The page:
Irena, a student of mine, recently read my blog post searching for old Paton's sock yarn.
She had found a stash of even older Beehive 3 ply and 4 ply yarn at the Textile Museum's Yardage Sale, and having read my post, she very generously gave it to me.
(If you don't know about the Yardage sale, and live in Toronto, mark off May 29th and 30th on your calendar. Every year, the Textile Museum has a fundraising sale. They sell the most amazing selection of odds and ends I've ever seen -- all sorts of materials and equipment and books for all sorts of crafts: fabrics, yarn, thousands of pattern books, needles, notions, all sorts of things. And the prices are amazing. What I love best are the bags of UFOs. Crafters from far and wide donate from their stashes - including partially completed projects. I've bought more than one UFO simply for the raw materials. I bought a half-finished cross stitch once, for the princely sum of 50 cents, just to get the embroidery hoop.
The very first time I went, I bought the most amazing sewing proejct: a 1960s vintage furry mohair suit. Well, ok, all the pieces had been cut, but not a stitch had been sewn. Even the lining was intact. I took it to a dress maker, and have an incredible, one-of-a-kind, custom-fit vintage suit - and it cost me $20 for the materials.
Anyway, yes, back to knitting. One year I found the much-sought-after book "The Knitter's Guide to Sweater Design" for $2. People pay upwards of a hundred dollars for this amazing reference. And there it was, for $2. You do have to be willing to roll up your sleeves and dig, and flip through an awful lot of terrible 1980s pattern books, but there are many, many treasures to be uncovered.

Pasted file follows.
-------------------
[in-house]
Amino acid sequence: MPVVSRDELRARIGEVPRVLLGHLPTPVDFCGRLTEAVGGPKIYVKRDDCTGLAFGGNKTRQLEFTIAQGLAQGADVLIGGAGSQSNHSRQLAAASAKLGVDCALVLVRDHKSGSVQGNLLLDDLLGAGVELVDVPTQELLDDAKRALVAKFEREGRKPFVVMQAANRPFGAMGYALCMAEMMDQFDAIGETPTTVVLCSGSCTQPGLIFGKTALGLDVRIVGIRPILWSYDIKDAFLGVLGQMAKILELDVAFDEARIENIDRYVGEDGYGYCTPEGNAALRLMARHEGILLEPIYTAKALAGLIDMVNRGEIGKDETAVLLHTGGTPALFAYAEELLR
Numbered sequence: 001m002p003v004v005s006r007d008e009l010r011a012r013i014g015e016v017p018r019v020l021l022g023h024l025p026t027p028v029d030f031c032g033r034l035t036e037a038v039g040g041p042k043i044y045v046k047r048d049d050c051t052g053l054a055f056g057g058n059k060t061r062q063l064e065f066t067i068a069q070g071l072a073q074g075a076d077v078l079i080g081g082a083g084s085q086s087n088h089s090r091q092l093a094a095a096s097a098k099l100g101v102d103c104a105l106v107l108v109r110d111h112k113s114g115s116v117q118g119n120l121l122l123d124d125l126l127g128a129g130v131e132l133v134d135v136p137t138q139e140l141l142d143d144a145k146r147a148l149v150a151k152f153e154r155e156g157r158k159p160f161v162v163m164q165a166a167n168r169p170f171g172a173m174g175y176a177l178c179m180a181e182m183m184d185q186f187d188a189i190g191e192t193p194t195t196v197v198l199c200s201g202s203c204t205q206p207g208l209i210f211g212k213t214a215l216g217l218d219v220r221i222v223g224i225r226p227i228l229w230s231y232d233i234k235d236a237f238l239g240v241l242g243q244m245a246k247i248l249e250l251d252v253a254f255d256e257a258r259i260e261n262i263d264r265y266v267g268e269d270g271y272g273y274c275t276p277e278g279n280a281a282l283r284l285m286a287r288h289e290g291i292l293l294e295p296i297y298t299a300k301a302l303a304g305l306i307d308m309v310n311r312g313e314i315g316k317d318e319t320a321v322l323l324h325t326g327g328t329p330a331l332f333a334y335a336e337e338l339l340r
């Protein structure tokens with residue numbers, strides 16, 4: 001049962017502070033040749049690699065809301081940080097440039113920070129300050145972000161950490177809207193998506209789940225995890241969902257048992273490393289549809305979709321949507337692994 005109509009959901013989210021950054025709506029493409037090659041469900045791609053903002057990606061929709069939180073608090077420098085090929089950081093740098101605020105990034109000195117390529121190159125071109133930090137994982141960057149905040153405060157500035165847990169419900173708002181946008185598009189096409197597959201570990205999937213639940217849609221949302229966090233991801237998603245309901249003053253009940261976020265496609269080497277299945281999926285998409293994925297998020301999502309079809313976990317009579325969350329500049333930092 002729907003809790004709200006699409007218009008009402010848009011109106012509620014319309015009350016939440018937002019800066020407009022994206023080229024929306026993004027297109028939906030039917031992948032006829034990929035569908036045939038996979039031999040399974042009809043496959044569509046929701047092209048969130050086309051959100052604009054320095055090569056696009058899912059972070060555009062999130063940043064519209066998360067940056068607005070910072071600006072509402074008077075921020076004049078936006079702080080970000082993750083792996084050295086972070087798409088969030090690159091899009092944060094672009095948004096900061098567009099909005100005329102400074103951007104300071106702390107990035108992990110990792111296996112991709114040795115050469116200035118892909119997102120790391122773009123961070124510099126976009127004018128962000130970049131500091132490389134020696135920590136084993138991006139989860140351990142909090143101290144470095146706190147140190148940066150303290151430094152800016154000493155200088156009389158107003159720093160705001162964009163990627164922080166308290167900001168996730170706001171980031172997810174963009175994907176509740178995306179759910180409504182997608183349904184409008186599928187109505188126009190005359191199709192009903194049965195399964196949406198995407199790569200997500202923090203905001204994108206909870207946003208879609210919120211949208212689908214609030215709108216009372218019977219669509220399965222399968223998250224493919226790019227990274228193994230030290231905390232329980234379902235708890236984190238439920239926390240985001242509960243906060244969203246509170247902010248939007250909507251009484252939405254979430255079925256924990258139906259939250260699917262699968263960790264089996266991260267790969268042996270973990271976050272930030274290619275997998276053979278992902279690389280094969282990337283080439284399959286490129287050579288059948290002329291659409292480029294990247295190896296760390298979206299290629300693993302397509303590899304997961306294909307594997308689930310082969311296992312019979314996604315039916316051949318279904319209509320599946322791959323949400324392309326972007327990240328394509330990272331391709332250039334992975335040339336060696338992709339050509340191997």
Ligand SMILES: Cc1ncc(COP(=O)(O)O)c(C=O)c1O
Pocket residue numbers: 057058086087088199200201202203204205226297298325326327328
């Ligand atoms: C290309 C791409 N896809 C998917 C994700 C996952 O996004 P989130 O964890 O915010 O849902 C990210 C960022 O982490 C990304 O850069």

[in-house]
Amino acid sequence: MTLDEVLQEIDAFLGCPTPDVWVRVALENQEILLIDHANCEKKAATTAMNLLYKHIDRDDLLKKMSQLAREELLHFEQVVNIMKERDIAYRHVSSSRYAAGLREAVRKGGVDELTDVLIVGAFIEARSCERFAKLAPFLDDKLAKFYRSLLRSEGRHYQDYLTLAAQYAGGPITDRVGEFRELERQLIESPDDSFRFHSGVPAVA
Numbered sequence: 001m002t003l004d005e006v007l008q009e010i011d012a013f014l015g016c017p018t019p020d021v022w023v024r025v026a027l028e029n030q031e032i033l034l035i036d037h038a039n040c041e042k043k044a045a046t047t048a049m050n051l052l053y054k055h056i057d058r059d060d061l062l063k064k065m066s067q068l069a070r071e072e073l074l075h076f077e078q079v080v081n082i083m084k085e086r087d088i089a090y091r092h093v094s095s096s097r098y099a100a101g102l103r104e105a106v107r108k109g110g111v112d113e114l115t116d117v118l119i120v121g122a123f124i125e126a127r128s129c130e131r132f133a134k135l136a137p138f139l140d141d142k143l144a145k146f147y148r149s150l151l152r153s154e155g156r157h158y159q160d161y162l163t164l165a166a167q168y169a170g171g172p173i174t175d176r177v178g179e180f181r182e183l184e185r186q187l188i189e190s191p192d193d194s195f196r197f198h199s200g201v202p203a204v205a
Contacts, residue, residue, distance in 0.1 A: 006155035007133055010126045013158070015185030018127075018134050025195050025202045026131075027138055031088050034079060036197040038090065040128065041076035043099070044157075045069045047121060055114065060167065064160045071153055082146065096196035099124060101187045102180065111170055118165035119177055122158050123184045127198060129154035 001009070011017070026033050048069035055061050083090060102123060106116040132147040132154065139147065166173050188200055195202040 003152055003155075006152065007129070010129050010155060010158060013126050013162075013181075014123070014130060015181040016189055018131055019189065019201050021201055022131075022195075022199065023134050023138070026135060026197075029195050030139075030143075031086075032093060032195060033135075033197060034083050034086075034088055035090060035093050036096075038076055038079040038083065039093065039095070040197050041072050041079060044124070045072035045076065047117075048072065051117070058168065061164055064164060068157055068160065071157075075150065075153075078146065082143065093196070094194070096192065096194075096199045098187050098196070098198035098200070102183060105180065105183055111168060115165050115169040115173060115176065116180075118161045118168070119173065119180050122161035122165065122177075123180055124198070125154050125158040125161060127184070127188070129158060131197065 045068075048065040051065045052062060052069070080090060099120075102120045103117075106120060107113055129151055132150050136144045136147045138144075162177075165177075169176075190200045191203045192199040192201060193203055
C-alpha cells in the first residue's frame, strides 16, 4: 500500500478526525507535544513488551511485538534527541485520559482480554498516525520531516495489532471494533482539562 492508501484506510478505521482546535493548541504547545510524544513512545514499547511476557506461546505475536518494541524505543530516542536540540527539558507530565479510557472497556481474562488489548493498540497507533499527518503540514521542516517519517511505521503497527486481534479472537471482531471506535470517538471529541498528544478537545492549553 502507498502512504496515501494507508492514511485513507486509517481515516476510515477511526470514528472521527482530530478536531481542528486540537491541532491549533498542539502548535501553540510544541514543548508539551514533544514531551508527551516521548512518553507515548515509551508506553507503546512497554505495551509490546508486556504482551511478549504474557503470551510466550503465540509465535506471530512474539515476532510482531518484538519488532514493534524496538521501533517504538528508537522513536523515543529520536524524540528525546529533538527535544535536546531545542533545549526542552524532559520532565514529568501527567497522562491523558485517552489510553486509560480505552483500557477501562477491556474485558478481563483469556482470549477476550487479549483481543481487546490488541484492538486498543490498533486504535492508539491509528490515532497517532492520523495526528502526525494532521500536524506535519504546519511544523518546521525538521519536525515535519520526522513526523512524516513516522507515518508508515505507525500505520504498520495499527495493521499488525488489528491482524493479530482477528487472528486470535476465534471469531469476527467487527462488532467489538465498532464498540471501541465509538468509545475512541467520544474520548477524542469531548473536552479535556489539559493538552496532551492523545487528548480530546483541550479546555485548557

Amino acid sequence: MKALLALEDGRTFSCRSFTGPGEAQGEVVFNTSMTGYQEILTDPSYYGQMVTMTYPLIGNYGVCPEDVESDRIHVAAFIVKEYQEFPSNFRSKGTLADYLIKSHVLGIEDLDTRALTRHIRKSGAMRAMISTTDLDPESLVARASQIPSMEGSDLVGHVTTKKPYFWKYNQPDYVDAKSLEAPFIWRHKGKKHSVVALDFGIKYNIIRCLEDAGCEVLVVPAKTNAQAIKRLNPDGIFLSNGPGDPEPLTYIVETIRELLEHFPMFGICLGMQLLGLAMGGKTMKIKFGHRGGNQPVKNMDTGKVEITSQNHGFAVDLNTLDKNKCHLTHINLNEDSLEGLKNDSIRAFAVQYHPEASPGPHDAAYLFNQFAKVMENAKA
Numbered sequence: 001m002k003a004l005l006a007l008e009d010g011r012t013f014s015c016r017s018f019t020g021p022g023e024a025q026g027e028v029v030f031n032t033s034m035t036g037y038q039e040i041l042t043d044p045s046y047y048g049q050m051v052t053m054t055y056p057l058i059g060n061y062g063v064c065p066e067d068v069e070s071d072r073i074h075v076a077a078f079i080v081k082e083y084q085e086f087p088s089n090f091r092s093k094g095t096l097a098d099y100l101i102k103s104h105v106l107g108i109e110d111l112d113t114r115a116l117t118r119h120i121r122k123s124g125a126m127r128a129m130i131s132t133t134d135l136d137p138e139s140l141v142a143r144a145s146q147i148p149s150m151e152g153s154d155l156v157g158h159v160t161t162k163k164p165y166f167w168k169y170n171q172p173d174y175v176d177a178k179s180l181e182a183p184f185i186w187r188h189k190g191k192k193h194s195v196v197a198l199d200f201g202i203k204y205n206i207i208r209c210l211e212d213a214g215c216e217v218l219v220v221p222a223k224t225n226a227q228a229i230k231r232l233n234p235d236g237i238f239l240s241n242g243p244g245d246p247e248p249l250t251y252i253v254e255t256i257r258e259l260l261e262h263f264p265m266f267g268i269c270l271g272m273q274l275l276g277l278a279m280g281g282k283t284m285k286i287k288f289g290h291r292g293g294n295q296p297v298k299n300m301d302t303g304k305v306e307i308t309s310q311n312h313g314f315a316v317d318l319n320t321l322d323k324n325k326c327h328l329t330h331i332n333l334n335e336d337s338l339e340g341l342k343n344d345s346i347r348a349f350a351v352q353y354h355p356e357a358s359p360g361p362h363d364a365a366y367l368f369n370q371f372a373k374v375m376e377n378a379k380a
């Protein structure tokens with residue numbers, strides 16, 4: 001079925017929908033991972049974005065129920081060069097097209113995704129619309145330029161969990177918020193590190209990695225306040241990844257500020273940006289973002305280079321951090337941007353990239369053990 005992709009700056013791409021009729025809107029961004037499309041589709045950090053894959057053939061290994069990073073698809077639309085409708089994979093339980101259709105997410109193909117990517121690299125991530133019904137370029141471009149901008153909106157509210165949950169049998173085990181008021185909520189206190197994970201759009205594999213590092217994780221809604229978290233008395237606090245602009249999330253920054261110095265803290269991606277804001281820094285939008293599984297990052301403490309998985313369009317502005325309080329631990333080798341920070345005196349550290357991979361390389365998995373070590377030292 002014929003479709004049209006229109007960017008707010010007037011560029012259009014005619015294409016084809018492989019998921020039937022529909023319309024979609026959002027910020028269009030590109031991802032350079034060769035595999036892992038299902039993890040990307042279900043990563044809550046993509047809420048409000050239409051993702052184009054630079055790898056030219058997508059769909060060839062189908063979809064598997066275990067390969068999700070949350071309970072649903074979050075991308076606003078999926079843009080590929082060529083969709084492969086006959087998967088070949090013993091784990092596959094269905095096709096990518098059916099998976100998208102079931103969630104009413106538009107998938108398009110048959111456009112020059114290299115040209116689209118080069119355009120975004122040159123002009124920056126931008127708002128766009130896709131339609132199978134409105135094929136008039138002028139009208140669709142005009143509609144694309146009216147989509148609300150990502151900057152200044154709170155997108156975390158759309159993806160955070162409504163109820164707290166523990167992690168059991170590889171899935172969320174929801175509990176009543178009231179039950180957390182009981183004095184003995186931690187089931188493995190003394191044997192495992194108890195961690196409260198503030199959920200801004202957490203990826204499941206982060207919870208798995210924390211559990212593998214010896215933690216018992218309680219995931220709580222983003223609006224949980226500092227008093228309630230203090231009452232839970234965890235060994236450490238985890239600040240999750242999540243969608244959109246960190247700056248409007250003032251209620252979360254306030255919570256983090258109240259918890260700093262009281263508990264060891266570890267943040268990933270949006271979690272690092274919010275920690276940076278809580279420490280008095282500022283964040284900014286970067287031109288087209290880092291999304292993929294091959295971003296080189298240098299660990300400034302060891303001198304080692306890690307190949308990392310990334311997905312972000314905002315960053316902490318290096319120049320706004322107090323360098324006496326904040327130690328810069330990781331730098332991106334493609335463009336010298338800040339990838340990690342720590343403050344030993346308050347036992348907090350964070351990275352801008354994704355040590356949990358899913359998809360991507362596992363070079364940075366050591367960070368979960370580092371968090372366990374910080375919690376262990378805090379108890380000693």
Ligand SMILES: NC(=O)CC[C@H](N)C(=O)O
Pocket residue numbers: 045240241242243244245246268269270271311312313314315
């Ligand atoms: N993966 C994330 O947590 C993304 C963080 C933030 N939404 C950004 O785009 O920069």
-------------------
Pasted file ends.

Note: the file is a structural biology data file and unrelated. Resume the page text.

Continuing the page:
For the second year in a row, I'm actually going to be away and will miss it. Very sad. I shall ask a few key friends to keep their eyes open for more vintage sock yarn goodness, however.)
This yarn is amazing. I hesitate to use it for socks - I want to show it off. I feel a lace design coming on.
This being vintage yarn, however, there is essentially no information on the ball band -- no yardage, no washing instructions, no colour name or number, no weight, no recommendations for needle size or gauge, no indication of what the yarn is made of, even. All is says is: "Beehive 3-ply Scotch Fingering".
The good news is that I can figure most of these things out -- but it rather puts into perspective my frustrations with current yarn-labelling standards. Here's me getting annoyed when you only get the stitch gauge and not the row gauge. I shouldn't take so much for granted...
I do love this - the dye lot tag:
The 2 brown balls (on the right in the upper picture), I think, are probably a little newer -- they are balls rather than skeins, and there is one additional tid-bit on the label: "Shrink-Resist Patonised Finish". I take this to mean it's superwash.
But yes, given that I have idea of the yardage, and I doubt the majority of the yarn is machine-washable, I think it's going to be a scarf.
Many thanks to Irena!
UPDATE: I found a bit of info about the yarn... 170yds per 1 oz skein. It's definitely an ounce, I weighed it.